Access to genomic and linked phenotypic data at scale has tremendous potential to effectively advance Personalised Medicine in healthcare systems. To fully realise this ambition, it is crucial that the genome and health data-sharing framework established by the B1MG can effectively reach healthcare systems in European Member States and beyond.
This is a challenging undertaking. Countries are at variable stages of maturity regarding genomic medicine programmes, and have diverse healthcare system infrastructures, processes and legislation. Many countries have not yet established national genomic medicine programmes, and the countries that have invested at either a national or regional level have different focus areas. These are often a given disease, such as rare diseases and/or cancer, although some are genomic profiling the general population towards prevention of common complex disorders.
In the first half of 2021 the WP5 organised three virtual country visits. These were to the UK, Estonia and Finland. The visits also included flash talks from other countries in the project: Belgium, Bulgaria, Denmark, Hungary, Latvia, Lithuania, Portugal, Spain and Sweden. The visits revealed how countries across Europe managed genomic data in healthcare. The visits were undertaken as part of the WP's Task 5.4 (see below).
See the Resources section for links to the video playlists of the visits.
For any healthcare system, the integration of genomic data for personalised medicine requires extensive adjustments. These adjustments include, but not limited to, the development of technical infrastructure, competences and ELSI frameworks, for acquiring, storing, sharing, interpreting and delivering genomic information. In addition, healthcare systems need to ensure efficacy benefits, economic viability, and equity in access.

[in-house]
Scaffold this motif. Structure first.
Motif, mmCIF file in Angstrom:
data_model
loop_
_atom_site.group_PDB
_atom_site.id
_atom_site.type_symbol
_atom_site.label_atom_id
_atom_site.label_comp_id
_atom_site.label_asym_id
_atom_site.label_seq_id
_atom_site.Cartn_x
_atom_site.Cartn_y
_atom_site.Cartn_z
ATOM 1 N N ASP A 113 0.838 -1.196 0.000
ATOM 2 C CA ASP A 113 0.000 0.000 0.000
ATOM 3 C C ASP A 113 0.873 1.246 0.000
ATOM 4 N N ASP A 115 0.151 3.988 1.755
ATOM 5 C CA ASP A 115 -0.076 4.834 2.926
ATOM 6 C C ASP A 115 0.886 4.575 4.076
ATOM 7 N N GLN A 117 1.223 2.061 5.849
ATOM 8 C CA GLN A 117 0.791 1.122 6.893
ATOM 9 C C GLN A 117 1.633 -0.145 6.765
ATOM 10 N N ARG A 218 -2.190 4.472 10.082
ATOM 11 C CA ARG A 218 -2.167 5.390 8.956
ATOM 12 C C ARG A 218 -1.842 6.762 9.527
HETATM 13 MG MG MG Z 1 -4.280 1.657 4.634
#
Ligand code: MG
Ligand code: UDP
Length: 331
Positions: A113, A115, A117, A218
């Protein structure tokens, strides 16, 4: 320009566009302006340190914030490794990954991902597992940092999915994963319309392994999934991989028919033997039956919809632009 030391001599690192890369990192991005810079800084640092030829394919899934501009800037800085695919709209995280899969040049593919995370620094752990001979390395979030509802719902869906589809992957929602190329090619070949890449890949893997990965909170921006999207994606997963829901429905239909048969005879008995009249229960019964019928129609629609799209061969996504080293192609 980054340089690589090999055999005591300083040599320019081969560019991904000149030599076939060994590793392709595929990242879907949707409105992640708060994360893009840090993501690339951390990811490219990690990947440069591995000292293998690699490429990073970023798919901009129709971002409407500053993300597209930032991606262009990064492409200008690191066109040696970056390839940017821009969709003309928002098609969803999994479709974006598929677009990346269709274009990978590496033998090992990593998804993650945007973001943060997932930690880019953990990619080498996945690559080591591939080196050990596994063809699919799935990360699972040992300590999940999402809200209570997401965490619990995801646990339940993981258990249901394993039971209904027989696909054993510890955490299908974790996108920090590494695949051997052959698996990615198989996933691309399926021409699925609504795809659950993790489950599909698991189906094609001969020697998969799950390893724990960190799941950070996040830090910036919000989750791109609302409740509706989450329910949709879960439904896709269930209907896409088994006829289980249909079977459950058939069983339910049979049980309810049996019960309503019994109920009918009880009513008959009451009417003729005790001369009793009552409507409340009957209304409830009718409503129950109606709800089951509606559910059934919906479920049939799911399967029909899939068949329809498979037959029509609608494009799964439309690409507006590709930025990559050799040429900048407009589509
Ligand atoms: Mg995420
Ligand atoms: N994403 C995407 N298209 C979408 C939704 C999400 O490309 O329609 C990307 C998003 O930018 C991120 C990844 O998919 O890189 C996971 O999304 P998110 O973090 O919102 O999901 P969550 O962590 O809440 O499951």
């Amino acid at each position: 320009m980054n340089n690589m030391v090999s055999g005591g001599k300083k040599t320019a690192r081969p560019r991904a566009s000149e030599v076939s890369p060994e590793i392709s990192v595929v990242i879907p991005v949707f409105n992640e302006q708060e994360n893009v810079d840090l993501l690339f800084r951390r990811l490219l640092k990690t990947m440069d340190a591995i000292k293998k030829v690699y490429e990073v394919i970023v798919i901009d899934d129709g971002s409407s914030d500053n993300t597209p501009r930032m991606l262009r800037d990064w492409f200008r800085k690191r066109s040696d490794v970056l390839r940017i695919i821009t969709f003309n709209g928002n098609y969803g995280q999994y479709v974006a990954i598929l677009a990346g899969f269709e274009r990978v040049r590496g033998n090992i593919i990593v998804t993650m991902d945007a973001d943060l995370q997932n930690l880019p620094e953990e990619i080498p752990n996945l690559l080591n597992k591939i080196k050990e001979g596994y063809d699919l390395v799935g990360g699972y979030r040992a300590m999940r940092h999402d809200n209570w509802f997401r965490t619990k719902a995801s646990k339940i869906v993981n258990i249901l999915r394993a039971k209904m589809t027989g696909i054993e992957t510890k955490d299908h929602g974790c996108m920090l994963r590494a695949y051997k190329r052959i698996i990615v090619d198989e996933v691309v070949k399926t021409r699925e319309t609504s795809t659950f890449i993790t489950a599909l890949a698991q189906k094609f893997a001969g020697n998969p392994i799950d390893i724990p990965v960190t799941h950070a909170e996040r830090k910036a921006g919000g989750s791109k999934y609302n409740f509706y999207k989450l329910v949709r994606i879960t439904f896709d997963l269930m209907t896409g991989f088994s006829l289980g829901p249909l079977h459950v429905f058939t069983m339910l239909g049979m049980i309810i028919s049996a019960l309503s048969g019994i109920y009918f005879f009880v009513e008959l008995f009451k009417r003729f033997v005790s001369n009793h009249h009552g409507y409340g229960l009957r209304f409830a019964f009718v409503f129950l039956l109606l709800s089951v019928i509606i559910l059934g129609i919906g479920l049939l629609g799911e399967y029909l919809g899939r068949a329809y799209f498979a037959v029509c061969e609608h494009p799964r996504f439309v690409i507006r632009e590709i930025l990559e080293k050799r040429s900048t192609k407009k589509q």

For genomic data use to be successfully adopted by healthcare, it is fundamental that a close collaboration is established with healthcare systems stakeholders in each country. We need to understand the challenges and expectations of effective data sharing and data usage, so that the generated framework becomes useful and sustainable. This can be achieved by identifying the challenges and barriers in health systems to the efficient and sustainable use of shared genomic data.
The alignment of healthcare systems to a B1MG maturity level model will allow the mapping of the current situation and the identification of gaps and needs for progression within the model. This will lead towards better processes to take full advantage of genomic data in healthcare, data available from the 1+MG initiative framework. This recognition of a path to be followed will allow the definition of a roadmap of actions towards sustainability, to support the progression of healthcare systems in each country from the current situation to the target level, in a stepwise and iterative fashion.